Our vessels play active roles in marine resource development
and offshore energy production.
Some vessels are berthed offshore to produce crude oil and gas.
Some serve as LNG receiving terminals, and more.
This section introduces a wide array of vessels involved in our offshore business.
Broadening the Offshore Business Field
Originally offshore business were focused on floating production, storage and offloading systems (FPSOs) and floating storage and regasification units (FSRUs), which are vessels that operate at a fixed offshore site instead of sailing as a transport vessel.
However, in recent years, many offshore wind farms are being developed far from land, increasing the demand of a variety of vessels for supporting the installation and maintenance of wind turbines and transporting maintenance personnel.
Floating production, storage and offloading system (FPSO)
Floating Production Storage and Offloading Systems (FPSOs)
FPSO stands for “floating production, storage and offloading system.” Oil reservoir fluids extracted from deep-sea oil fields are brought into an FPSO and separated into crude oil and gas by processing equipment on deck. Treated crude oil is transferred to the cargo tanks in the FPSO’s hull, and regularly offloaded onto shuttle tankers. Treated gas is used as fuel for the FPSO. It is also transported to shore via pipeline or re-injected back into oil wells. This entire series of operations is performed aboard the FPSO. Many FPSOs are converted second-hand oil tankers. The mooring equipment, production equipment, offloading equipment, and so on are installed on the FPSO after hull reinforcement.
Shuttle tankerShuttle Tankers
Shuttle tankers transport crude oil from FPSOs or other offshore production facilities to onshore terminals. These tankers are equipped with dynamic positioning systems (which electronically control the ship’s maneuvering to maintain its position), bow loading systems (offshore loading equipment mounted on the bow), and so on to ensure safe loading operation without anchoring, even under severe sea, weather, and tide conditions.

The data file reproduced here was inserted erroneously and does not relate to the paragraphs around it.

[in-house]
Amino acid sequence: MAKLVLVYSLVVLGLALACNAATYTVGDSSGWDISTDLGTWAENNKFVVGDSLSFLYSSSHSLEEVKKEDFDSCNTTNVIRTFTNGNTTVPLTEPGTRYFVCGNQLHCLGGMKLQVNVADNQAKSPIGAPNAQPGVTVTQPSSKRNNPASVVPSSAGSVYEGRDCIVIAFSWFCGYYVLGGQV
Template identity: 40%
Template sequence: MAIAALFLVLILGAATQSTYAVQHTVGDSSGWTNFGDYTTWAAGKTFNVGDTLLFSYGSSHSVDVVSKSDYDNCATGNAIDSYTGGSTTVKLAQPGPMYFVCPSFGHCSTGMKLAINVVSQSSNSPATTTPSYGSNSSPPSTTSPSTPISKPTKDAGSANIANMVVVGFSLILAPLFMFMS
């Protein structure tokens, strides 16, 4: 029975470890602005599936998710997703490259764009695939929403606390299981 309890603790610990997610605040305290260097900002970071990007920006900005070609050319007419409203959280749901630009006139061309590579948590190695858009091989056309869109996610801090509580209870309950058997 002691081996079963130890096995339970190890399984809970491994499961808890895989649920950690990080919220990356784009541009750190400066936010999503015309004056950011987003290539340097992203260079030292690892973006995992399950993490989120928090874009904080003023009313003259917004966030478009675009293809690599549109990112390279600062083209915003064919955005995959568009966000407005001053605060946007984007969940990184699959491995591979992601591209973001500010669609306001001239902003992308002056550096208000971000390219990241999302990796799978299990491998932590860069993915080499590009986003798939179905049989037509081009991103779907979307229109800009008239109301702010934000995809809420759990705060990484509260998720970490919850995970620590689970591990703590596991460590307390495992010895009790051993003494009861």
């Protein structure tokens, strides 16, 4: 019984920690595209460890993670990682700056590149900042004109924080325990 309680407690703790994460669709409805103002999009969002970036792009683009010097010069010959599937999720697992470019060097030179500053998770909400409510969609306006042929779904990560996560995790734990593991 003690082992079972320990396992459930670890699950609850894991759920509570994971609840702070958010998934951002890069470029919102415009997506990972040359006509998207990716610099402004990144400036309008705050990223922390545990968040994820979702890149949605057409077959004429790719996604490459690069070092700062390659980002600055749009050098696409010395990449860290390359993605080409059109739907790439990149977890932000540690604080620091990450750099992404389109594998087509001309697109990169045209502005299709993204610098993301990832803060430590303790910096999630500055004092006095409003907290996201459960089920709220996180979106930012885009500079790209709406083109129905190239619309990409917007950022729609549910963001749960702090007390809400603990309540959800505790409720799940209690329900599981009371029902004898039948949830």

Subsea support vesselsSubsea support vessels
Subsea support vessels are used to install, maintain, repair, and remove subsea facilities, playing key roles in every phase of the offshore oil and gas business, including exploration, development, and production.
These vessels feature dynamic positioning systems, remote operated vehicle, deep-sea cranes, and other equipment to implement these operations.
Floating storage & regasification unit (FSRU)
Floating Storage & Regasification Units (FSRUs)
FSRU stands for Floating Storage and Regasification Unit. The main roles of FSRUs are serving as offshore LNG receiving terminals that store LNG discharged from LNG carriers and also re-gasifying it on demand and offloading high-pressure gas to onshore pipelines. Many FSRU projects are in progress around the world, because of lower costs and faster implementation compared to building onshore LNG receiving terminals.
Self-elevating platform (SEP)
Self-Elevating Platforms (SEPs)
Self-Elevating Platforms (SEPs) are vessels that can install wind turbines and foundations for construction of offshore wind farm spread worldwide, mainly in Europe.
SEPs have legs to hoist the hull above seawater, stabilizing the vessel for safe and reliable installation work using the large crane onboard at offshore field.
SEPs also play active roles in supporting projects other than offshore wind farms, such as maintenance of offshore oil/gas wells.
Conceptual diagram of the liquefied CO2 carrier
Liquefied CO2 Carriers
Liquefied CO2 carriers are a means of efficiently transporting captured and liquefied CO2 to storage or usage sites in the carbon dioxide capture utilization and storage (CCUS) value chain, which is attracting worldwide attention.
Studies are underway on various ship sizes and dual-purpose carriers that can also transport next-generation clean energy, as MOL works to respond flexibly to various transportation needs.